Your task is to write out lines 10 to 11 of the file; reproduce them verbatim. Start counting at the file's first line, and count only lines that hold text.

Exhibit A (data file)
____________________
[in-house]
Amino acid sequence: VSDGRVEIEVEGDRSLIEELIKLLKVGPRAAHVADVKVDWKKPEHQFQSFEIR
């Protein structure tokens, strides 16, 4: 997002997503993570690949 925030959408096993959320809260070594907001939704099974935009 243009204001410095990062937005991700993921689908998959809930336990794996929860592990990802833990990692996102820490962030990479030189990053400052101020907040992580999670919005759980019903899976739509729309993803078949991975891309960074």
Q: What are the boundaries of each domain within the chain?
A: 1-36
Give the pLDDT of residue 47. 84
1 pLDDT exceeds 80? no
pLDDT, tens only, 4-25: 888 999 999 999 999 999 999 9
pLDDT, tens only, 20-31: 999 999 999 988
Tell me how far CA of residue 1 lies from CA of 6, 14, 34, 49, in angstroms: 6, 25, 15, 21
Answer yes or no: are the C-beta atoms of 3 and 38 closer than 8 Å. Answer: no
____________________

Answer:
Tell me how far CA of residue 1 lies from CA of 6, 14, 34, 49, in angstroms: 6, 25, 15, 21
Answer yes or no: are the C-beta atoms of 3 and 38 closer than 8 Å. Answer: no